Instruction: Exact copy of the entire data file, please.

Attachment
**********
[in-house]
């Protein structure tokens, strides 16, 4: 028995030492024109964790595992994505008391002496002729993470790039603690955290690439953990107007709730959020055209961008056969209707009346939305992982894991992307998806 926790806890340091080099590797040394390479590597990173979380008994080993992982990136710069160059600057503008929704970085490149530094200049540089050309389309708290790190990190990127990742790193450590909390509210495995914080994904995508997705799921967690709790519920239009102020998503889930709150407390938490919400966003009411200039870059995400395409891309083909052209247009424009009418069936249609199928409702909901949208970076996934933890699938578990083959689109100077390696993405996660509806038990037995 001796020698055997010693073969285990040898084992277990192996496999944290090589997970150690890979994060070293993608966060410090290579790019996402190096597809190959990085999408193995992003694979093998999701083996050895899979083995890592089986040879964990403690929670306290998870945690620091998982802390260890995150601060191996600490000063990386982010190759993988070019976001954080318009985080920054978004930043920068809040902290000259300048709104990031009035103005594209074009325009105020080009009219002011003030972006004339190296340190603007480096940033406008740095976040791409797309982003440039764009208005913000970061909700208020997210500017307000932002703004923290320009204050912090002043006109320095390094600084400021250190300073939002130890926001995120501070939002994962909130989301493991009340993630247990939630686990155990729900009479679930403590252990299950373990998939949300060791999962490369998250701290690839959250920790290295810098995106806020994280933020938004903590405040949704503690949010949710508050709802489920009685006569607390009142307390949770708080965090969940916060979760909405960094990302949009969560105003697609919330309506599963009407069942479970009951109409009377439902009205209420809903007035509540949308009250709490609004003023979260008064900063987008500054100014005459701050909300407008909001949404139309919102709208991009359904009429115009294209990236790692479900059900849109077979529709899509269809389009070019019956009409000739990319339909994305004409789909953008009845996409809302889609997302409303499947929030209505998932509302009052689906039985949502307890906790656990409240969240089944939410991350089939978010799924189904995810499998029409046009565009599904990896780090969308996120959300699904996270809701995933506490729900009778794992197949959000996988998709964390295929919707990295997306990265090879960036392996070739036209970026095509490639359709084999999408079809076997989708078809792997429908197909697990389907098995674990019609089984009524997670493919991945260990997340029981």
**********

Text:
[in-house]
């Protein structure tokens, strides 16, 4: 028995030492024109964790595992994505008391002496002729993470790039603690955290690439953990107007709730959020055209961008056969209707009346939305992982894991992307998806 926790806890340091080099590797040394390479590597990173979380008994080993992982990136710069160059600057503008929704970085490149530094200049540089050309389309708290790190990190990127990742790193450590909390509210495995914080994904995508997705799921967690709790519920239009102020998503889930709150407390938490919400966003009411200039870059995400395409891309083909052209247009424009009418069936249609199928409702909901949208970076996934933890699938578990083959689109100077390696993405996660509806038990037995 001796020698055997010693073969285990040898084992277990192996496999944290090589997970150690890979994060070293993608966060410090290579790019996402190096597809190959990085999408193995992003694979093998999701083996050895899979083995890592089986040879964990403690929670306290998870945690620091998982802390260890995150601060191996600490000063990386982010190759993988070019976001954080318009985080920054978004930043920068809040902290000259300048709104990031009035103005594209074009325009105020080009009219002011003030972006004339190296340190603007480096940033406008740095976040791409797309982003440039764009208005913000970061909700208020997210500017307000932002703004923290320009204050912090002043006109320095390094600084400021250190300073939002130890926001995120501070939002994962909130989301493991009340993630247990939630686990155990729900009479679930403590252990299950373990998939949300060791999962490369998250701290690839959250920790290295810098995106806020994280933020938004903590405040949704503690949010949710508050709802489920009685006569607390009142307390949770708080965090969940916060979760909405960094990302949009969560105003697609919330309506599963009407069942479970009951109409009377439902009205209420809903007035509540949308009250709490609004003023979260008064900063987008500054100014005459701050909300407008909001949404139309919102709208991009359904009429115009294209990236790692479900059900849109077979529709899509269809389009070019019956009409000739990319339909994305004409789909953008009845996409809302889609997302409303499947929030209505998932509302009052689906039985949502307890906790656990409240969240089944939410991350089939978010799924189904995810499998029409046009565009599904990896780090969308996120959300699904996270809701995933506490729900009778794992197949959000996988998709964390295929919707990295997306990265090879960036392996070739036209970026095509490639359709084999999408079809076997989708078809792997429908197909697990389907098995674990019609089984009524997670493919991945260990997340029981």